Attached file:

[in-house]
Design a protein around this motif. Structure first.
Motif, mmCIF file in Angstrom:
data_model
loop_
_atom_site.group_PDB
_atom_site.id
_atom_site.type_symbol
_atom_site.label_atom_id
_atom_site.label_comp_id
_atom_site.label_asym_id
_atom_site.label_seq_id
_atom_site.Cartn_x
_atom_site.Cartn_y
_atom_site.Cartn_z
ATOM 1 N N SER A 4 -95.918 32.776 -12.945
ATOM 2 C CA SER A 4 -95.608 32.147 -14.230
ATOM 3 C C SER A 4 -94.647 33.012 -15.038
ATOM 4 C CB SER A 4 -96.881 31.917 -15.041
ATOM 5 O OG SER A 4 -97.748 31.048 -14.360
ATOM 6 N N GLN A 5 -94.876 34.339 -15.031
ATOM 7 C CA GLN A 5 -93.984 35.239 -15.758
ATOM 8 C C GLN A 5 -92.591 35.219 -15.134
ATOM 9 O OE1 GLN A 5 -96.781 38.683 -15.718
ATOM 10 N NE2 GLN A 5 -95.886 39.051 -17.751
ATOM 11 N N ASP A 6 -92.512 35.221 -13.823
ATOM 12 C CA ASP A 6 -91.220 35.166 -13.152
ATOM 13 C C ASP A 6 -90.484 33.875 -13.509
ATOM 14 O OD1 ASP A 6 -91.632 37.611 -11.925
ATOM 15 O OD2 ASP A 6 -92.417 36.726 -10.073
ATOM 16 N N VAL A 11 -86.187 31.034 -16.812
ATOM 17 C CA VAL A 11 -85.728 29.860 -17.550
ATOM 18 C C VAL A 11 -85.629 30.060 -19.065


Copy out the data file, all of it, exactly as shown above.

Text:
[in-house]
Design a protein around this motif. Structure first.
Motif, mmCIF file in Angstrom:
data_model
loop_
_atom_site.group_PDB
_atom_site.id
_atom_site.type_symbol
_atom_site.label_atom_id
_atom_site.label_comp_id
_atom_site.label_asym_id
_atom_site.label_seq_id
_atom_site.Cartn_x
_atom_site.Cartn_y
_atom_site.Cartn_z
ATOM 1 N N SER A 4 -95.918 32.776 -12.945
ATOM 2 C CA SER A 4 -95.608 32.147 -14.230
ATOM 3 C C SER A 4 -94.647 33.012 -15.038
ATOM 4 C CB SER A 4 -96.881 31.917 -15.041
ATOM 5 O OG SER A 4 -97.748 31.048 -14.360
ATOM 6 N N GLN A 5 -94.876 34.339 -15.031
ATOM 7 C CA GLN A 5 -93.984 35.239 -15.758
ATOM 8 C C GLN A 5 -92.591 35.219 -15.134
ATOM 9 O OE1 GLN A 5 -96.781 38.683 -15.718
ATOM 10 N NE2 GLN A 5 -95.886 39.051 -17.751
ATOM 11 N N ASP A 6 -92.512 35.221 -13.823
ATOM 12 C CA ASP A 6 -91.220 35.166 -13.152
ATOM 13 C C ASP A 6 -90.484 33.875 -13.509
ATOM 14 O OD1 ASP A 6 -91.632 37.611 -11.925
ATOM 15 O OD2 ASP A 6 -92.417 36.726 -10.073
ATOM 16 N N VAL A 11 -86.187 31.034 -16.812
ATOM 17 C CA VAL A 11 -85.728 29.860 -17.550
ATOM 18 C C VAL A 11 -85.629 30.060 -19.065